New VW boss Matthias Mueller says firm can shine again

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The newly-installed boss of Volkswagen, Matthias Mueller, has said the company can shine again in two to three years.

In a speech to managers he said the company needed to become leaner and take decisions more rapidly.

The comments come as VW said it would recall 8.5 million cars in Europe as a result of the diesel emissions scandal.

The move was prompted by Germany's automotive watchdog, which had earlier told VW to recall 2.4 million domestic cars.

German media reports suggest the KBA had rejected VW's proposals that car owners could voluntarily bring their cars in for repair.

VW gave no details of the recall and said it would contact individual customers directly.

It added that it was working on solutions to fix the recalled cars "at full speed".

Recovery plan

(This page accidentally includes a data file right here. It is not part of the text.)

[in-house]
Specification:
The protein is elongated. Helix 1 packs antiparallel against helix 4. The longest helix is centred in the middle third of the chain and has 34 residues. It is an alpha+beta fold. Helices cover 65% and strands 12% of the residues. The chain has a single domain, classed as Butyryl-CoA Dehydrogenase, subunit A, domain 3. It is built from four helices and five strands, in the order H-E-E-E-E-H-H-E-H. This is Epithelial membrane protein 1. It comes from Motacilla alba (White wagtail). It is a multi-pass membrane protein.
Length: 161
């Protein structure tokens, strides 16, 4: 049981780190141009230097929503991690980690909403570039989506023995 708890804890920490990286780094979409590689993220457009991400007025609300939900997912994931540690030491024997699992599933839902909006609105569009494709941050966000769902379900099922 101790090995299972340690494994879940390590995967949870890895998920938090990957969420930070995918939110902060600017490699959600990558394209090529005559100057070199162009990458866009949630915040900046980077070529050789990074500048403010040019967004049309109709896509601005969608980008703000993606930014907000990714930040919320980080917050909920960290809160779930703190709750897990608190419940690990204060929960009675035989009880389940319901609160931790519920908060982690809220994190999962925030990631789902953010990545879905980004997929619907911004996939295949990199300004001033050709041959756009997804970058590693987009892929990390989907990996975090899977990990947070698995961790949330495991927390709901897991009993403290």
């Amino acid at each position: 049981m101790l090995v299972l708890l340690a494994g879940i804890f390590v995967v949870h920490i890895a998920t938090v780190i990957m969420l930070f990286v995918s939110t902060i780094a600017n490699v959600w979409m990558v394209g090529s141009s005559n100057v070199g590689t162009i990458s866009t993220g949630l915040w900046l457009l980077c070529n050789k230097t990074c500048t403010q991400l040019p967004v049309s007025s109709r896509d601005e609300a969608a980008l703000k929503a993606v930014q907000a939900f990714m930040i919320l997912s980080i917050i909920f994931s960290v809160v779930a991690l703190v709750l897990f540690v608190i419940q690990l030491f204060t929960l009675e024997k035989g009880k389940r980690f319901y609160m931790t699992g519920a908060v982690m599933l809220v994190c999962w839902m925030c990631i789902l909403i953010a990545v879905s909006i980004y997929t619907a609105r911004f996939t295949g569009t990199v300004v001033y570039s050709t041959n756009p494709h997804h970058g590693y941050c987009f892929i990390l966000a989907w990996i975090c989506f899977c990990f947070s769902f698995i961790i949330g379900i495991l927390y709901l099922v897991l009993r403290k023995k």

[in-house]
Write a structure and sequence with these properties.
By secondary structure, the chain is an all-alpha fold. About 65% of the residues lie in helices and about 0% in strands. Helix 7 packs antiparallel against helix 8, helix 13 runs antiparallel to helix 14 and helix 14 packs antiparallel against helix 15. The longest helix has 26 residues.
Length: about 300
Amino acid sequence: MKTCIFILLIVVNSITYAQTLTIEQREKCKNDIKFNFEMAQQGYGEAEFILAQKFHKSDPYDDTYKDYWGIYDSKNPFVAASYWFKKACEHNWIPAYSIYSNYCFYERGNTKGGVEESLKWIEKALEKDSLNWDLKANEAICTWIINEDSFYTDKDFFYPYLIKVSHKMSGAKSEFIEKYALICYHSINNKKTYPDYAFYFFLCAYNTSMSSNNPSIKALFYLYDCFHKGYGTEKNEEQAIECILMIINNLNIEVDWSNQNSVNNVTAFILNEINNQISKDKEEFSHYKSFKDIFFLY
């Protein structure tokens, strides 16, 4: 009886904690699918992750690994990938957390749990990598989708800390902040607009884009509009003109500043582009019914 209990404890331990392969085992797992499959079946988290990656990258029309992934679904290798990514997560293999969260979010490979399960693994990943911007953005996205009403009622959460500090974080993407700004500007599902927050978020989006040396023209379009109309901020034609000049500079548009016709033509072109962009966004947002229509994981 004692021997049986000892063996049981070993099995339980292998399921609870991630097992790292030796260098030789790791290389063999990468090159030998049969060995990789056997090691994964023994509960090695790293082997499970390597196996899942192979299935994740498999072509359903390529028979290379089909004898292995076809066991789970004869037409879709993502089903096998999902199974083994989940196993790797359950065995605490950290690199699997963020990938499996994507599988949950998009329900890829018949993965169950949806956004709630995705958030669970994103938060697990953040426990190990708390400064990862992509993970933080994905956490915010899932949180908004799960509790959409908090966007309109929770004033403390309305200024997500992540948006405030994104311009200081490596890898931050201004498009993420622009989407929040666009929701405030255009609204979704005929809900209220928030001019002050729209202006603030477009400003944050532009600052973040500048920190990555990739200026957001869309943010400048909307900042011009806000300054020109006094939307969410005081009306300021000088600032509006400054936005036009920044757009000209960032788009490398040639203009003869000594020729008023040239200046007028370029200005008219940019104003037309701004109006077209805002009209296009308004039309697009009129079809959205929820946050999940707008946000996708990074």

Mr Mueller took over as chief executive last month when the previous head, Mr Winterkorn, stepped down as a result of the scandal.

He told managers on Thursday: "We will significantly streamline structures, processes and (decision-making) bodies. We must become leaner and take decisions more rapidly."

"Our competitors are only waiting for us to fall behind on technology matters because we are so preoccupied with ourselves. But we won't let that happen," he added.

Italian raid

Meanwhile, Italian police have raided VW offices in Verona and Lamborghini offices in Bologna.

Reports suggest Italian prosecutors are investigating alleged commercial fraud.

Last month, authorities in the US discovered some VW diesel cars had been fitted with a device to cheat emissions tests. The carmaker subsequently admitted that up to 11 million cars worldwide could have the device fitted.

The company has launched a thorough investigation into the scandal, but new chairman Hans Dieter Poetsch has warned that answers would take "some time".

VW has set aside €6.5bn ($7.4bn; £4.8bn) to cover the costs of the scandal, but some experts believe the final bill could be much higher.

Shares in the company recovered slightly last week but are still down almost 20% since the scandal broke in the middle of September.

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Media captionHow do you test a car's emissions?

Separately, the man tipped to become VW's North America boss has resigned.

The company said Winfried Vahland was leaving because of "differing views on the organisation of the new group region".